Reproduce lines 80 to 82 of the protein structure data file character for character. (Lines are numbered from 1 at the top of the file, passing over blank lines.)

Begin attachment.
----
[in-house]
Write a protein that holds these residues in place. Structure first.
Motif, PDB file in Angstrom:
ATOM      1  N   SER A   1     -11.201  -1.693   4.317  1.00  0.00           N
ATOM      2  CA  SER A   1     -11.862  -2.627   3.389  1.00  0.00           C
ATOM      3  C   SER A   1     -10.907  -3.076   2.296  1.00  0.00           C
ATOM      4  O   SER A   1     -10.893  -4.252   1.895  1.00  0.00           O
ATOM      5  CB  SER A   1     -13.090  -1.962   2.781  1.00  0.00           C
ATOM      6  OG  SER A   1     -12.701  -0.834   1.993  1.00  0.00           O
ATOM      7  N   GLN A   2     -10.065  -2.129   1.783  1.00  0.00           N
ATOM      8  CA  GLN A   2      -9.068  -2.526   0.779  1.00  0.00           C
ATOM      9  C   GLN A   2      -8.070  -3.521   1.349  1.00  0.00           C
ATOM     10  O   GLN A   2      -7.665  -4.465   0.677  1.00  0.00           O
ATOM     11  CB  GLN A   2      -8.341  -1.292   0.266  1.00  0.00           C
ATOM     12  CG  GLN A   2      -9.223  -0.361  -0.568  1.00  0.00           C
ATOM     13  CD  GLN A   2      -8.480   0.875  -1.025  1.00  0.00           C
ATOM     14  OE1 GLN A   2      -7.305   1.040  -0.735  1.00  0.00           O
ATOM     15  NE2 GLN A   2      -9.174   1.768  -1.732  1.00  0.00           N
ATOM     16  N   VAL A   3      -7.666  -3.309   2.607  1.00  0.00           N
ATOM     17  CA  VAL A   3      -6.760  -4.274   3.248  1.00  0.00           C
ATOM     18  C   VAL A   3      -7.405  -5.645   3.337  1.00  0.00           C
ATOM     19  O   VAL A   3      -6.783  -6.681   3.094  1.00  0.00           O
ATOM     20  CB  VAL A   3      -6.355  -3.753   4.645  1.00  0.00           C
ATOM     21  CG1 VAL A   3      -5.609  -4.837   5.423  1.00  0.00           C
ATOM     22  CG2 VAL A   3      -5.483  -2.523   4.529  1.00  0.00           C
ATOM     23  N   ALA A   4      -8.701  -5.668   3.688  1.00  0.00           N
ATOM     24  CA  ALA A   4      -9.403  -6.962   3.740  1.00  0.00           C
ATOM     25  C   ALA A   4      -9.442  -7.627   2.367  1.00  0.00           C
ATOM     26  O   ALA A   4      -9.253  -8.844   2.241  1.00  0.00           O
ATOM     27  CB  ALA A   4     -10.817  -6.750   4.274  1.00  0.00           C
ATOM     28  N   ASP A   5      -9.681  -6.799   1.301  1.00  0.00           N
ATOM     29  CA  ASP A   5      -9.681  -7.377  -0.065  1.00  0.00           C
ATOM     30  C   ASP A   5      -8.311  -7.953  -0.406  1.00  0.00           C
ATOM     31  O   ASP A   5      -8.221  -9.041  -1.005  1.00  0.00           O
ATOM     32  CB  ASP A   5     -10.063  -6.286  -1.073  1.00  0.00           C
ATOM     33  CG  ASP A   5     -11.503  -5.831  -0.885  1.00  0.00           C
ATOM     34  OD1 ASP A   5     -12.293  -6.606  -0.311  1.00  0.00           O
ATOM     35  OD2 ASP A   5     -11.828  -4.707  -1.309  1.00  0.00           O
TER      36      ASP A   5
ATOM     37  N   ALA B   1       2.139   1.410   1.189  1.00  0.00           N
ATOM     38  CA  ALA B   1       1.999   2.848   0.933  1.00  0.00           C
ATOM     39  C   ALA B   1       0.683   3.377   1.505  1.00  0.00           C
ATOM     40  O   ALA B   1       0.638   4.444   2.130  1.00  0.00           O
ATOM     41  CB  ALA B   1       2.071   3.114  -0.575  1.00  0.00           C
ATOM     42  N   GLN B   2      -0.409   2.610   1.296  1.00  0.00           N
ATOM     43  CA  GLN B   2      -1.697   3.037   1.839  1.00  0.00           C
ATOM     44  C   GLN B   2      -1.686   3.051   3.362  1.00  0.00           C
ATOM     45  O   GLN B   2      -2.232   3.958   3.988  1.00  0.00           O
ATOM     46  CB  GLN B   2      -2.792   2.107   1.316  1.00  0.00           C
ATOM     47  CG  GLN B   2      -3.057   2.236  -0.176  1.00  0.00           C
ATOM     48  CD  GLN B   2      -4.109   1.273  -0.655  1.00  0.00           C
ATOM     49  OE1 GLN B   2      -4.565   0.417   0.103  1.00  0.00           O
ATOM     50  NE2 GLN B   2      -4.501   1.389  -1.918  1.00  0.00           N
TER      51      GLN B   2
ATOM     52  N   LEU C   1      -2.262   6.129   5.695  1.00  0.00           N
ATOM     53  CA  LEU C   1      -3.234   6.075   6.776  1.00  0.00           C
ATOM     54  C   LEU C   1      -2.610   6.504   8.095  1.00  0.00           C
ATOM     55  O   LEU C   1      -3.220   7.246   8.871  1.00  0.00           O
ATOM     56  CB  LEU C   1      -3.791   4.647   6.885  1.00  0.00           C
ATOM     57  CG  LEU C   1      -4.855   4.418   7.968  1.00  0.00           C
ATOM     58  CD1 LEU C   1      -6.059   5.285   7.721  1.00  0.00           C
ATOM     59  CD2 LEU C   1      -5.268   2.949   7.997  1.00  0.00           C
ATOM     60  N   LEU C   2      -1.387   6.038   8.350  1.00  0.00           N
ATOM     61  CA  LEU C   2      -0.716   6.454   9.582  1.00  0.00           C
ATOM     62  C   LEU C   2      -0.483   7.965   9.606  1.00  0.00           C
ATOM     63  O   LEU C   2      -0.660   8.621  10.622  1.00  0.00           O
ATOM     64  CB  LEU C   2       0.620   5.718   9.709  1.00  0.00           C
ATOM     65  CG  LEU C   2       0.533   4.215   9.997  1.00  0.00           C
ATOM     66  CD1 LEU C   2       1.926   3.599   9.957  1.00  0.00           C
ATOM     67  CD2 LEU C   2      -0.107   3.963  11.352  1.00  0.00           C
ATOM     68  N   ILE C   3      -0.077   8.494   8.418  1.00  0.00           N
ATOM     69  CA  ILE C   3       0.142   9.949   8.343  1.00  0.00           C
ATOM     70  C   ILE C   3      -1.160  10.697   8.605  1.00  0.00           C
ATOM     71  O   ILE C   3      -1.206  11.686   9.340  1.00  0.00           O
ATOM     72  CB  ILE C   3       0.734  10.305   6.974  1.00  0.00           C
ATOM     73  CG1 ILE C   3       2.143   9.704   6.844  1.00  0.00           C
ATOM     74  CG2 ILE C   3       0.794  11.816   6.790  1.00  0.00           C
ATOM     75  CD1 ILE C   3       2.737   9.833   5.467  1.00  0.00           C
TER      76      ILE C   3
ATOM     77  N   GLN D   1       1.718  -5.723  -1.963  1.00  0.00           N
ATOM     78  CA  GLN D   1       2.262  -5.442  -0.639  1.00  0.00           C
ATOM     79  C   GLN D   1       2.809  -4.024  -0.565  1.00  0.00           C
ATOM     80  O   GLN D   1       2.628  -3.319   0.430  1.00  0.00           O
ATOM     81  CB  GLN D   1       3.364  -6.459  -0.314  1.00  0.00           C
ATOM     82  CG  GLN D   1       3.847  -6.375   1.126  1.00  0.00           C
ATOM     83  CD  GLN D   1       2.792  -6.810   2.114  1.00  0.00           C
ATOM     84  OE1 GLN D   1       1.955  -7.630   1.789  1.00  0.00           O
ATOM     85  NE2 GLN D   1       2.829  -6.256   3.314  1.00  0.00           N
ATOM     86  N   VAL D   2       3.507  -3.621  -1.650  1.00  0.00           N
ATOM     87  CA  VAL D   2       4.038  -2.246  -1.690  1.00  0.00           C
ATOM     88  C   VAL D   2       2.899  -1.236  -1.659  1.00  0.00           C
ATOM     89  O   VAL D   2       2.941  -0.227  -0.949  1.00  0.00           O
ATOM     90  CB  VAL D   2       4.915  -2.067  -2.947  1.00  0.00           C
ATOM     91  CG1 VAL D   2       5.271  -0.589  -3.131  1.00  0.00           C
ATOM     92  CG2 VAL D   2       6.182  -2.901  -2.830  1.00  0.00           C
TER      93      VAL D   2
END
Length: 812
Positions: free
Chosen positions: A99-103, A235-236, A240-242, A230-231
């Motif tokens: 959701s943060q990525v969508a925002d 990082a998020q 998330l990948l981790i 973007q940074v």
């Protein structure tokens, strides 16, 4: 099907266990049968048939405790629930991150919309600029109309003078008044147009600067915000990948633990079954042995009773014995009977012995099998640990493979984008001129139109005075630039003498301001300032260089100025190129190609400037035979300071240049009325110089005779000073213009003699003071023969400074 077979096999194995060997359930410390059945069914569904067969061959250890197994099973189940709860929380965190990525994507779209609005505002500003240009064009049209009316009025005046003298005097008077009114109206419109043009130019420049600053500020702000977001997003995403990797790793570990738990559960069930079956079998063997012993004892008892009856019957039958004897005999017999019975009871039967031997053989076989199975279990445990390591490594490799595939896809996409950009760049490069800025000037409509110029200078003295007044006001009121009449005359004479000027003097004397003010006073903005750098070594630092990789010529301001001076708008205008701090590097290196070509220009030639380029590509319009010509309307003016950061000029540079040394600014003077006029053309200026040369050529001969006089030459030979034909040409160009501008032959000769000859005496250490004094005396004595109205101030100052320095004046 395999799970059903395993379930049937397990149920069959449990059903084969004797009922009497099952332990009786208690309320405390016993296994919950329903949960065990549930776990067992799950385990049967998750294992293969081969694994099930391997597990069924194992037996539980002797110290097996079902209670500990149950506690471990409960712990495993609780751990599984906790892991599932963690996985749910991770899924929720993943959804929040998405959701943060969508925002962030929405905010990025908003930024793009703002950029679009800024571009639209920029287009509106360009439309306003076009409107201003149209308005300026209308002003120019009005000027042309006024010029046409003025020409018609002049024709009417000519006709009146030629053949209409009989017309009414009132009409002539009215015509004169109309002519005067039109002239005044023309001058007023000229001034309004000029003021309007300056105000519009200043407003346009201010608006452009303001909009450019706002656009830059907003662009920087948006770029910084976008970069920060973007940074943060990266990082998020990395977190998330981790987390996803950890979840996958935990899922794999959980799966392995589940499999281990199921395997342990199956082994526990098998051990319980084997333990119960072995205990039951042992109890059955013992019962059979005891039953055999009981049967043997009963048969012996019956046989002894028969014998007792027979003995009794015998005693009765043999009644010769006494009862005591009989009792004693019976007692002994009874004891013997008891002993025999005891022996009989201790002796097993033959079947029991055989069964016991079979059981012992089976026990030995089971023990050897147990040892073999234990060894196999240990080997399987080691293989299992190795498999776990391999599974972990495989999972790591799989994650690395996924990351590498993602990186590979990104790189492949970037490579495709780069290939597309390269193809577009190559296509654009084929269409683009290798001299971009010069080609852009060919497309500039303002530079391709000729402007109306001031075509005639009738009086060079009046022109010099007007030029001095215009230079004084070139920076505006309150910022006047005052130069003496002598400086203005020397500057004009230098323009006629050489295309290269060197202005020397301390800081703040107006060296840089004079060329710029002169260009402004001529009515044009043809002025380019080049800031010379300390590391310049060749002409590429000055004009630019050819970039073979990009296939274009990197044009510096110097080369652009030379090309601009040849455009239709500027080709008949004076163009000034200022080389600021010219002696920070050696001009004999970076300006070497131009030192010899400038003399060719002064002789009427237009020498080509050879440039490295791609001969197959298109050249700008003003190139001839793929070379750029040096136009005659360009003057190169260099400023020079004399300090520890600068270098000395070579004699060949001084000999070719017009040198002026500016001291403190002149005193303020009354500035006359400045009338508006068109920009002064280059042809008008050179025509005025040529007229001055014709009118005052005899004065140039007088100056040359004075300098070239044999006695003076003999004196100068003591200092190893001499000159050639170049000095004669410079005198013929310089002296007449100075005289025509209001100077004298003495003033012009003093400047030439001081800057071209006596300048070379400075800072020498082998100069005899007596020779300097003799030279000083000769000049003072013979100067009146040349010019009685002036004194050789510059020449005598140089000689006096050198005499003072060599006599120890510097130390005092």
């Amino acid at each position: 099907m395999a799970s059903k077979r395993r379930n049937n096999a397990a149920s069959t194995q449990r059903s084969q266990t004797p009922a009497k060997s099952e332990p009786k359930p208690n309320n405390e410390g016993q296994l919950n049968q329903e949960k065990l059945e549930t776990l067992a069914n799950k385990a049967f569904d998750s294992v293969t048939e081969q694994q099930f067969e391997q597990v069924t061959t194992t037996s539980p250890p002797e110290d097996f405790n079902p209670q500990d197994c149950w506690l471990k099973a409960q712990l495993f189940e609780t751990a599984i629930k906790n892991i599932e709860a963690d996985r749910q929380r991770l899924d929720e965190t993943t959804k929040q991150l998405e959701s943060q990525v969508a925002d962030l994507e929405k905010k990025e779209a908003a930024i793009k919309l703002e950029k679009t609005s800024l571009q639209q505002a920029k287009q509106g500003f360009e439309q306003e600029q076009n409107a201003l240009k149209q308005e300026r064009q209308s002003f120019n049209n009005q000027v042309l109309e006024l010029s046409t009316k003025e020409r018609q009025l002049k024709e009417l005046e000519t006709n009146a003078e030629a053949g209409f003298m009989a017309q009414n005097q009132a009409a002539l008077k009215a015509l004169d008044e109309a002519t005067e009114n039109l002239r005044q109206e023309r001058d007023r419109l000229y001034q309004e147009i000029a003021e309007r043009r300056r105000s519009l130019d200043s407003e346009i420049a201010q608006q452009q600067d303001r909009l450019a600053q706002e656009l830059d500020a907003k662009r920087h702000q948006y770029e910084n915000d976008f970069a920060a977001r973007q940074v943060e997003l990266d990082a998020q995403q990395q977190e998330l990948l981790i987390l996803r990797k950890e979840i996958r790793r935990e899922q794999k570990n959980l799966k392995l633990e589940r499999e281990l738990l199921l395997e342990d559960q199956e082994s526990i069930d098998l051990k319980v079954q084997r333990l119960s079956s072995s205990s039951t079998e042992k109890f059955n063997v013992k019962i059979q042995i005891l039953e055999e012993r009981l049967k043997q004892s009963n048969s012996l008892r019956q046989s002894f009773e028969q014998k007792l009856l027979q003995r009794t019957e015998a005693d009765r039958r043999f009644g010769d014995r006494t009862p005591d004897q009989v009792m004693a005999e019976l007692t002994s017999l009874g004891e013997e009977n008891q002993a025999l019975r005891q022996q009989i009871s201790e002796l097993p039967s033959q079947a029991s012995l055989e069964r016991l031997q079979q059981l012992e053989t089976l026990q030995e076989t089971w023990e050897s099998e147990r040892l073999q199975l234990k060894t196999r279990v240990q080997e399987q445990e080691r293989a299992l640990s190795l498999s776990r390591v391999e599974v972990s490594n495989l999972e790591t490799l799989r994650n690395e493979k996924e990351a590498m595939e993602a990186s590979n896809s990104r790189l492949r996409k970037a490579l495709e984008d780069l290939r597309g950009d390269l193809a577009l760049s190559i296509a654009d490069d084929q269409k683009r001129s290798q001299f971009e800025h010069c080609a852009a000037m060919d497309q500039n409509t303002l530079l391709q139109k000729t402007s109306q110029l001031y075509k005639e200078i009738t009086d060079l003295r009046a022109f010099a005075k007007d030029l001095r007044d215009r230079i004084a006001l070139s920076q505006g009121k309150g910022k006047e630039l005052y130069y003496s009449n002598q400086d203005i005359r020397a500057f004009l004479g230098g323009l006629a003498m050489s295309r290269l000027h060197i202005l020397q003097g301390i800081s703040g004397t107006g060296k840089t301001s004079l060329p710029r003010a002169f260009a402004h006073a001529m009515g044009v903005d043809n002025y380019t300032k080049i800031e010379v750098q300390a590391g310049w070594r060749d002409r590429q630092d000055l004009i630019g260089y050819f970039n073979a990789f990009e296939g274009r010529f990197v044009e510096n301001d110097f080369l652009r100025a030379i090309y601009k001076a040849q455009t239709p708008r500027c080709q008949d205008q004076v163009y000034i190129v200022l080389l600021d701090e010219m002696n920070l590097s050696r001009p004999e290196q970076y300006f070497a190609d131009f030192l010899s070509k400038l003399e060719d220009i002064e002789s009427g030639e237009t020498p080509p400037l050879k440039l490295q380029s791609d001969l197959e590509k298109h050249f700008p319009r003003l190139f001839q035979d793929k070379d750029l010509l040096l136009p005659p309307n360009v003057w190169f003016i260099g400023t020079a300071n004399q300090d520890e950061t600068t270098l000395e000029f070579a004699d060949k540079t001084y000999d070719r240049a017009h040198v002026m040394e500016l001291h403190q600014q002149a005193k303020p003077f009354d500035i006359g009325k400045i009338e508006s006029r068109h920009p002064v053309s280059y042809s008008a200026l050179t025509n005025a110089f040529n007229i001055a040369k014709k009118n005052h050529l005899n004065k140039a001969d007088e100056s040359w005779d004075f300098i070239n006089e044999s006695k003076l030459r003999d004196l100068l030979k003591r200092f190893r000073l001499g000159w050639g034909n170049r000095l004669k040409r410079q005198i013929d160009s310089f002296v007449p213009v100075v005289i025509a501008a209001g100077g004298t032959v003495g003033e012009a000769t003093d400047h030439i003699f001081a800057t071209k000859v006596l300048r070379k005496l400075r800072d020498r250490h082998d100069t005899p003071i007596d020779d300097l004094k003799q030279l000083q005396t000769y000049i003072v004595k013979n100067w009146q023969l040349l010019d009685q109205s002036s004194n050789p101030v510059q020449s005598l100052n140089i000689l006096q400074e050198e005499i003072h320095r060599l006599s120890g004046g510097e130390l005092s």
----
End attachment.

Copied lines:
ATOM     77  N   GLN D   1       1.718  -5.723  -1.963  1.00  0.00           N
ATOM     78  CA  GLN D   1       2.262  -5.442  -0.639  1.00  0.00           C
ATOM     79  C   GLN D   1       2.809  -4.024  -0.565  1.00  0.00           C